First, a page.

I see what Chubby's getting at Huw. The placing of charges such as Gelignite can only be accomplished through the keyway, punched out CK lock spindle hole, or in a gap created between the door and the body. This would be unlikely to exceed an ounce in the first two instances and a little more in an edge blowing. If the resultant detonation did not create an alarm, a second much heavier charge could of course be applied to the space vacated by the lock using a prophylactic.
    Click image for larger version. 

Name:	Explosive condom.jpg 
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ID:	20411 As you will remember Huw from the photograph of the Double Door Hobbs Hart on my website, if the charge is great enough and the site isolated enough, something has to give but I've never yet seen that apply to a more modern top grade safe. Yet.

  8. #8
    Join Date
    Sep 2004
    Location
    Devon UK
    Posts
    3,017
    Country: UK

    Default

    Quote Originally Posted by safeman View Post
    I see what Chubby's getting at Huw. The placing of charges such as Gelignite can only be accomplished through the keyway, punched out CK lock spindle hole, or in a gap created between the door and the body. This would be unlikely to exceed an ounce in the first two instances and a little more in an edge blowing. If the resultant detonation did not create an alarm, a second much heavier charge could of course be applied to the space vacated by the lock using a prophylactic.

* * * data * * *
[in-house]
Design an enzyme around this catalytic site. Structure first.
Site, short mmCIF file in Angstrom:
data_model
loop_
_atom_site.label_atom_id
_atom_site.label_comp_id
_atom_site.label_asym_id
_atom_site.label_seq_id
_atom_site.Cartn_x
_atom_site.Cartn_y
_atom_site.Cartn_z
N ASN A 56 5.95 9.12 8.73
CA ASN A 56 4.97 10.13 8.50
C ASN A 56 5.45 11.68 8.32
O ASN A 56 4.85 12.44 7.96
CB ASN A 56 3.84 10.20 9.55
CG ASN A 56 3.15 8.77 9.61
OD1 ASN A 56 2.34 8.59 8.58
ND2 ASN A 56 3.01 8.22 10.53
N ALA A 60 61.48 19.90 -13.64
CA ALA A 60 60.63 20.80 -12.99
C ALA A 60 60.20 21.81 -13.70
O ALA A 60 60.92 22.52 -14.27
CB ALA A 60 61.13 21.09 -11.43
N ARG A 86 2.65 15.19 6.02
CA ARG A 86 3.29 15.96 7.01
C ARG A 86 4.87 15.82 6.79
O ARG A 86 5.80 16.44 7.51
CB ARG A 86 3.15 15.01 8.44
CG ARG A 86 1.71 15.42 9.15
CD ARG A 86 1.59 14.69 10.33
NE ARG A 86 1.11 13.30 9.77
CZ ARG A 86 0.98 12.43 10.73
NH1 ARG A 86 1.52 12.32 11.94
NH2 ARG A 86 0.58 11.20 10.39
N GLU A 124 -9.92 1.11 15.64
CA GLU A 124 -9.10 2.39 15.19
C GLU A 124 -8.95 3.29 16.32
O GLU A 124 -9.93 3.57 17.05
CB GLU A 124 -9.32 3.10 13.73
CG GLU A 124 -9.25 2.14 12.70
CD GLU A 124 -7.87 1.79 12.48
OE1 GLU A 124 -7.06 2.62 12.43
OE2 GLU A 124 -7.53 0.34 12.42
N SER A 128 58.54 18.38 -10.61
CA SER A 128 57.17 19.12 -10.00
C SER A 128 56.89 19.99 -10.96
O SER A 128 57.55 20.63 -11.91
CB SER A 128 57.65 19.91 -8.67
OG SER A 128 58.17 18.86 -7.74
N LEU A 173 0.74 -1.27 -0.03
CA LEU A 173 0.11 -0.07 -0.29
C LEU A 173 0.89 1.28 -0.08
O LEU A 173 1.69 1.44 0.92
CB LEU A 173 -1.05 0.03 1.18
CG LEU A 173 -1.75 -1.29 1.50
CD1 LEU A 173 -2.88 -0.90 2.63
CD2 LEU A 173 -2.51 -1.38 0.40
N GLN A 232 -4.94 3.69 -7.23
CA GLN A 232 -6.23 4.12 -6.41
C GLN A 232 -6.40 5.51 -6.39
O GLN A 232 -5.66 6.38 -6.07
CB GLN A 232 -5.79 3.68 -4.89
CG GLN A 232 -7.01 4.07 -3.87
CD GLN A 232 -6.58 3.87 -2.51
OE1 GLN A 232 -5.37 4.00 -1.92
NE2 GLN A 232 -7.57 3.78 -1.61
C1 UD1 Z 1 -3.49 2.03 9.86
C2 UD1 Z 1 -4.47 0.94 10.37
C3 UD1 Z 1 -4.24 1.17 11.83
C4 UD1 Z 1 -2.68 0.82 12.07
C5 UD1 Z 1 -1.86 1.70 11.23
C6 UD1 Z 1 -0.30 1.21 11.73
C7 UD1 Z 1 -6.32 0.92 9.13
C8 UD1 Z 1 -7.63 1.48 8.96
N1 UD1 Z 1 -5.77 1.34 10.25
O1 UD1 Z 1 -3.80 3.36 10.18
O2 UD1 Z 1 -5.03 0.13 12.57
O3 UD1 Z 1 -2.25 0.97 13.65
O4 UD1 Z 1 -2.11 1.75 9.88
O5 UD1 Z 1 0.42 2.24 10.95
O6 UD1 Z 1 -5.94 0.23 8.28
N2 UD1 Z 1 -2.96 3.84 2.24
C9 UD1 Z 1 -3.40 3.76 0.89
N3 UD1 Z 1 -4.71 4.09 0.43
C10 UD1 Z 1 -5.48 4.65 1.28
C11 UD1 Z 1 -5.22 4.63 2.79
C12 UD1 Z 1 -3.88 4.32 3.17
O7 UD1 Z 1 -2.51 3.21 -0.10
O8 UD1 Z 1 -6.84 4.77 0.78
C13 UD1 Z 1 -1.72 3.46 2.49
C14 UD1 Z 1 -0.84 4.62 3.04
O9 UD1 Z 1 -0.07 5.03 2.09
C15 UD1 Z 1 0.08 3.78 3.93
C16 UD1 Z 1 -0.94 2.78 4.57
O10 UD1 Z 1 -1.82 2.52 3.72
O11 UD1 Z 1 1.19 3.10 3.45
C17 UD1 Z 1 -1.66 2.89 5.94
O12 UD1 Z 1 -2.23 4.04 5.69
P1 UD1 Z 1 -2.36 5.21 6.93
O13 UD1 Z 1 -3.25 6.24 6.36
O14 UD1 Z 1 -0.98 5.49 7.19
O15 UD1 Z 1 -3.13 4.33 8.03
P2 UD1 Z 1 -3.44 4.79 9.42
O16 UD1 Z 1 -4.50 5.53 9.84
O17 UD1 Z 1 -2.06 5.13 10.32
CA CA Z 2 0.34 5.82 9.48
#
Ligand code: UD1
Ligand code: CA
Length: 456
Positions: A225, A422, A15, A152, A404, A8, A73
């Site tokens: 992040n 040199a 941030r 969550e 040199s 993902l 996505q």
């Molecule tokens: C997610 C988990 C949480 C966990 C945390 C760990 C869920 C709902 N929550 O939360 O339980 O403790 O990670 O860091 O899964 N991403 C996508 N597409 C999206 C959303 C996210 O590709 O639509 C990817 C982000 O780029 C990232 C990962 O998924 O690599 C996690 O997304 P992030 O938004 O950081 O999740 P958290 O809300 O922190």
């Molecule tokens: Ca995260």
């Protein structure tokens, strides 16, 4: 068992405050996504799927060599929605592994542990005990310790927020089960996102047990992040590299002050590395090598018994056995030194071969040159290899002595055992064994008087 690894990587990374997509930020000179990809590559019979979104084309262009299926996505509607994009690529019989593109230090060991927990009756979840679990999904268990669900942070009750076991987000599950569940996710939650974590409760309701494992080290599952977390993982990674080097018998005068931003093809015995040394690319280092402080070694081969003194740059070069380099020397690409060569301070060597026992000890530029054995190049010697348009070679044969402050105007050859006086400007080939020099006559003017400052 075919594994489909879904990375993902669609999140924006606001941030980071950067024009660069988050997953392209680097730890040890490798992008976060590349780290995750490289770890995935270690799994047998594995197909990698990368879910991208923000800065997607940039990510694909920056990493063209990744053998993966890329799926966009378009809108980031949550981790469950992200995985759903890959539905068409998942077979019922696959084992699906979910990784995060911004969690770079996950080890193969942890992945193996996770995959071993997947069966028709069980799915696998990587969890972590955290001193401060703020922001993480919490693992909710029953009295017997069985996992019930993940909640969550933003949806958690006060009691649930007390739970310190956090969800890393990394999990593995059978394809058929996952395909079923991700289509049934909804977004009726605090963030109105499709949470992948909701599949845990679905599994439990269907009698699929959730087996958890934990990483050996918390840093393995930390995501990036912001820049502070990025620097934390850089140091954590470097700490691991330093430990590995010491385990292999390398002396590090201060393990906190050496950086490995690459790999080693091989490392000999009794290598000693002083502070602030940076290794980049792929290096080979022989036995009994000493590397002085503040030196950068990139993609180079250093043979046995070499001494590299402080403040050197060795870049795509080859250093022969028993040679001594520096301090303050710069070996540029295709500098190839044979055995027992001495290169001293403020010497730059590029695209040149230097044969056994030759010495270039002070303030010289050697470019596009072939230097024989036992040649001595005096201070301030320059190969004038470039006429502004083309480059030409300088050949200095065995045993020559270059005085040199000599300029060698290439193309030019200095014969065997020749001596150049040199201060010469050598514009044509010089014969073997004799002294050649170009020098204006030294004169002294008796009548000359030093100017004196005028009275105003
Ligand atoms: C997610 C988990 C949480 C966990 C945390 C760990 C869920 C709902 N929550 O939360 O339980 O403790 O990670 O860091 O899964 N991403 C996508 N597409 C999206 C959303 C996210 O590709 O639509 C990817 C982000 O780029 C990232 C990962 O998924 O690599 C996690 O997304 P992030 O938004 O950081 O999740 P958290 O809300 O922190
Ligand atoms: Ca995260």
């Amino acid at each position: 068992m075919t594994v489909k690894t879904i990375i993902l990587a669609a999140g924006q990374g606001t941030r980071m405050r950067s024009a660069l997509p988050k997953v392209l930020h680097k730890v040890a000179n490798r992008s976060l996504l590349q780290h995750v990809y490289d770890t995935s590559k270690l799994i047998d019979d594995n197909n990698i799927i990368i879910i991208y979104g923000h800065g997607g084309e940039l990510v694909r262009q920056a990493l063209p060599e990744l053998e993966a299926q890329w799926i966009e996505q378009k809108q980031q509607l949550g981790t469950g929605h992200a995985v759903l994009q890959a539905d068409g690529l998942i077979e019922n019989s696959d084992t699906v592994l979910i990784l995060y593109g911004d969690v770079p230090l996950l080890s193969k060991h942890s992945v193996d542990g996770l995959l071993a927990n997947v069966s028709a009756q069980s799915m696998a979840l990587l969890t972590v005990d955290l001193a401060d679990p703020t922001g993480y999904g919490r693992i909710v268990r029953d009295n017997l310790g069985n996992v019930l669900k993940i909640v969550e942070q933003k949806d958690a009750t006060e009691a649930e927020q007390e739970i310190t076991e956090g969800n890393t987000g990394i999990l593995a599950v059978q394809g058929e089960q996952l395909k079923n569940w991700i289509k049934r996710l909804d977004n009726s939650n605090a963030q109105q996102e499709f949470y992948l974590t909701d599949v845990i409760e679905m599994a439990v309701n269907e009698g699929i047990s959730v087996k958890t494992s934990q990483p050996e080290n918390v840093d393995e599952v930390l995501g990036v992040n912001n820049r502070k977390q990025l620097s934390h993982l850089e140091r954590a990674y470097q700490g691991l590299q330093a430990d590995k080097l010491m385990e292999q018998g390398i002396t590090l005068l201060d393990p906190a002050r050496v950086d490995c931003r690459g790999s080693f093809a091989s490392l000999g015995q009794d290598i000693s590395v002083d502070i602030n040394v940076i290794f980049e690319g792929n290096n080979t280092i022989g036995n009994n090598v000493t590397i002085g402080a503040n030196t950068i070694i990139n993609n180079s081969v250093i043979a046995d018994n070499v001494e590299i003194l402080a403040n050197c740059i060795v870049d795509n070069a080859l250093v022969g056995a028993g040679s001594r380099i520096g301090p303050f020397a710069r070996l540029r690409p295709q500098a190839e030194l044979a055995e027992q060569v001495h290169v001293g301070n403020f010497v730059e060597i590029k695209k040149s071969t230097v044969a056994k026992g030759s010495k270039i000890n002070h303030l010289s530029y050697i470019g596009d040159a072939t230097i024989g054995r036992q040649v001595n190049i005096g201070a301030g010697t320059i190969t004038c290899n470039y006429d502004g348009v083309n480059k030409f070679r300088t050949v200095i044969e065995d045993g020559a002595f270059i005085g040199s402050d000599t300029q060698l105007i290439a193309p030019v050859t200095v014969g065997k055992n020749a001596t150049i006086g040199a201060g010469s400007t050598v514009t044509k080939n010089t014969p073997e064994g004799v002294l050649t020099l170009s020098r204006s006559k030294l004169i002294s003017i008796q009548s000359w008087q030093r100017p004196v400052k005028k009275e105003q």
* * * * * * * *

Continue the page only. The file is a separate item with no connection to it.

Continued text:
Click image for larger version. 

Name:	Explosive condom.jpg 
Views:	13 
Size:	49.8 KB 
ID:	20411 As you will remember Huw from the photograph of the Double Door Hobbs Hart on my website, if the charge is great enough and the site isolated enough, something has to give but I've never yet seen that apply to a more modern top grade safe. Yet.
    Or maybe the wood isnít original and someone innocently thought that they were upgrading its fire resistance??

  9. #9
    Join Date
    Sep 2007
    Location
    Aberdeenshire
    Posts
    402
    Country: Great Britain

    Default

    Quote Originally Posted by Tom Gordon View Post
    Or maybe the wood isnít original and someone innocently thought that they were upgrading its fire resistance??
    Very original Tom but ineffective against high explosives.

    Click image for larger version. 

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ID:	20412 Click image for larger version. 

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ID:	20413

  10. #10
    Join Date
    Dec 2009
    Location
    North West England.
    Posts
    29
    Country: England

    Default

    I remember hearing a story, about wood in Milner door pans, many years ago. Apparently, one method of opening some of their earlier safes, was to locate the six lock fixing bolts, where they come through to the outer surface of the door, and to knock them out with a hammer and punch, so the lock falls to the bottom of the door pan. Sounds like a long and noisy process, but possible. Maybe a drill would have been better, assuming they weren't hardened. The closely fitting wood keeps the lock roughly in place, so the door bolts can't be withdrawn. Some angle iron around the lock, fixed to the door pan, would have achieved the same result, so I don't know if the story is true.